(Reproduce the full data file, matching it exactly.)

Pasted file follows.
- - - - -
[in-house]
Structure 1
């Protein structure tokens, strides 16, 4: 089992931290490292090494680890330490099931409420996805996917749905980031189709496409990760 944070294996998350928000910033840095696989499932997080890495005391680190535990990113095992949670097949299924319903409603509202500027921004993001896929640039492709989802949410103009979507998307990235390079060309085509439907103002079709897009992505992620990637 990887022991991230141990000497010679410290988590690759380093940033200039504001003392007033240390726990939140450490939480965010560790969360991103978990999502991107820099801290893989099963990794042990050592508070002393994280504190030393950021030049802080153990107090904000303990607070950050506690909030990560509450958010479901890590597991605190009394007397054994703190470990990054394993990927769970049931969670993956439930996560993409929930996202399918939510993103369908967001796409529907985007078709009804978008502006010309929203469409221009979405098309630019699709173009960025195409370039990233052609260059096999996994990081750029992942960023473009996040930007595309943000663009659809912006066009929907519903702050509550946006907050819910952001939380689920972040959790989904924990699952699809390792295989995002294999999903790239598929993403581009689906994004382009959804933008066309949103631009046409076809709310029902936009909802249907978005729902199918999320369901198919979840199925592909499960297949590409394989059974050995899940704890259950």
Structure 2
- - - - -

[in-house]
Structure 1
């Protein structure tokens, strides 16, 4: 089992931290490292090494680890330490099931409420996805996917749905980031189709496409990760 944070294996998350928000910033840095696989499932997080890495005391680190535990990113095992949670097949299924319903409603509202500027921004993001896929640039492709989802949410103009979507998307990235390079060309085509439907103002079709897009992505992620990637 990887022991991230141990000497010679410290988590690759380093940033200039504001003392007033240390726990939140450490939480965010560790969360991103978990999502991107820099801290893989099963990794042990050592508070002393994280504190030393950021030049802080153990107090904000303990607070950050506690909030990560509450958010479901890590597991605190009394007397054994703190470990990054394993990927769970049931969670993956439930996560993409929930996202399918939510993103369908967001796409529907985007078709009804978008502006010309929203469409221009979405098309630019699709173009960025195409370039990233052609260059096999996994990081750029992942960023473009996040930007595309943000663009659809912006066009929907519903702050509550946006907050819910952001939380689920972040959790989904924990699952699809390792295989995002294999999903790239598929993403581009689906994004382009959804933008066309949103631009046409076809709310029902936009909802249907978005729902199918999320369901198919979840199925592909499960297949590409394989059974050995899940704890259950």
Structure 2